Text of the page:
Our Experts Answer:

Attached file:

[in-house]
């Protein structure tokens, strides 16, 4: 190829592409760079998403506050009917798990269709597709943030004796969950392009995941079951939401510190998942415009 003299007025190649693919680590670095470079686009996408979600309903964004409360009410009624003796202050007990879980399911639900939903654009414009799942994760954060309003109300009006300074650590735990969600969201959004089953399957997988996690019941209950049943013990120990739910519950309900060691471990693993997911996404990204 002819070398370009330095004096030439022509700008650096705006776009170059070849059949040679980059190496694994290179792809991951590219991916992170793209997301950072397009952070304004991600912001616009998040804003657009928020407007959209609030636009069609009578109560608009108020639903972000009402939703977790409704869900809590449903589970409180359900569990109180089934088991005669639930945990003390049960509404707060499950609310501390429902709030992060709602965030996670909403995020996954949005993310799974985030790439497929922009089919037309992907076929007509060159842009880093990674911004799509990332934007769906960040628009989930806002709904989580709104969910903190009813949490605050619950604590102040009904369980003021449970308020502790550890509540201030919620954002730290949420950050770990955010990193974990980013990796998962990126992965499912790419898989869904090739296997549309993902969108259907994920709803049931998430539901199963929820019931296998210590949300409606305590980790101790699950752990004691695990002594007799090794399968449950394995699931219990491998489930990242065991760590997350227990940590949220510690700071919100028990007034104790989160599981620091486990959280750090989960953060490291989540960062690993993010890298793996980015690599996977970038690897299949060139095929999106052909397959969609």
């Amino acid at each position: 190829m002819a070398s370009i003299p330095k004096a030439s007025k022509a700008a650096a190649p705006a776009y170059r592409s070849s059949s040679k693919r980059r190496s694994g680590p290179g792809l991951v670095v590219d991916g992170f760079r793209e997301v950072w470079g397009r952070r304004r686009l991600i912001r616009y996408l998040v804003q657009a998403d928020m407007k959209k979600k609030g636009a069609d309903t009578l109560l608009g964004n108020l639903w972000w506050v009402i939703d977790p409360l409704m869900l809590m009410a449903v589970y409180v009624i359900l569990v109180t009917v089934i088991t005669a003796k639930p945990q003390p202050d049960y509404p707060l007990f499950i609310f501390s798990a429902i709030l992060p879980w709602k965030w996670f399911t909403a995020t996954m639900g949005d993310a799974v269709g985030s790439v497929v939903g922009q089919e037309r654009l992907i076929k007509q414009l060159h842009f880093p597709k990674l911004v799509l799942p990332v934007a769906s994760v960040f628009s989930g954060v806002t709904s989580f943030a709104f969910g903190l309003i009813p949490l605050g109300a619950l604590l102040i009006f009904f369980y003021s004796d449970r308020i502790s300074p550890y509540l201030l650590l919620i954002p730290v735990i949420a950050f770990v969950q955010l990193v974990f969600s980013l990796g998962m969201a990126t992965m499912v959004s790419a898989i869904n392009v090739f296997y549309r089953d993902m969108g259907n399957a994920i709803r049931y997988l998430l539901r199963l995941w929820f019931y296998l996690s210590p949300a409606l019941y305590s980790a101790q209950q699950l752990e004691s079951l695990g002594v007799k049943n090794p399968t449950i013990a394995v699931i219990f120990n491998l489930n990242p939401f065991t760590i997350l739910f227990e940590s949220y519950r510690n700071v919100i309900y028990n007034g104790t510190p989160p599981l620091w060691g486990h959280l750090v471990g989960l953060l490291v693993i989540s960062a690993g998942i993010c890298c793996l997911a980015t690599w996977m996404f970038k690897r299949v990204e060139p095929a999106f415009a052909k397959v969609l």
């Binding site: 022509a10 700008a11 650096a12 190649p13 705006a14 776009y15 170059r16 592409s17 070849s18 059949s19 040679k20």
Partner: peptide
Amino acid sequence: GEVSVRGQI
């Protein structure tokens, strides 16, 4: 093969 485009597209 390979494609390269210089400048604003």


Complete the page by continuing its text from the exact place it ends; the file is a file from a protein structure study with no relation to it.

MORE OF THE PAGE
Under the Residential Tenancies Act 1986 (the Act) a landlord can specify a maximum number of occupants that can ordinarily reside in the premises during the term of a tenancy. This must be recorded in the tenancy agreement. However, the Act does not specify what differentiates a visitor from someone that ordinarily resides in the premises, and in some cases it can be difficult determining whether a person is considered a visitor or an occupant. If you believe that your tenant is breaching the tenancy agreement by exceeding the maximum permitted occupants residing in the premises, you should discuss your concerns with your tenant in the first instance with a view to coming to an agreement (recording any agreement in writing). If you are unable to reach an agreement but you believe the tenant is exceeding the maximum permitted occupants, you may give the tenant 14 days’ written notice to remedy the breach. As the notice must be in writing, service time must be allowed for, and a copy of the notice should be retained. A template for a 14 days’ notice letter along with information about service times can be found on the Ministry of Business, Innovation, and Employment - Building and Housing Group’s website (http://www.dbh.govt.nz/pub-sorting-out-problems). If the tenant does not comply with the notice, you could apply to the Tenancy Tribunal to have the matter resolved. To discuss your situation further, or for information about applying to the Tenancy Tribunal, you can visit the Building and Housing Group’s website (www.dbh.govt.nz), or call 0800 TENANCY (0800 836 262).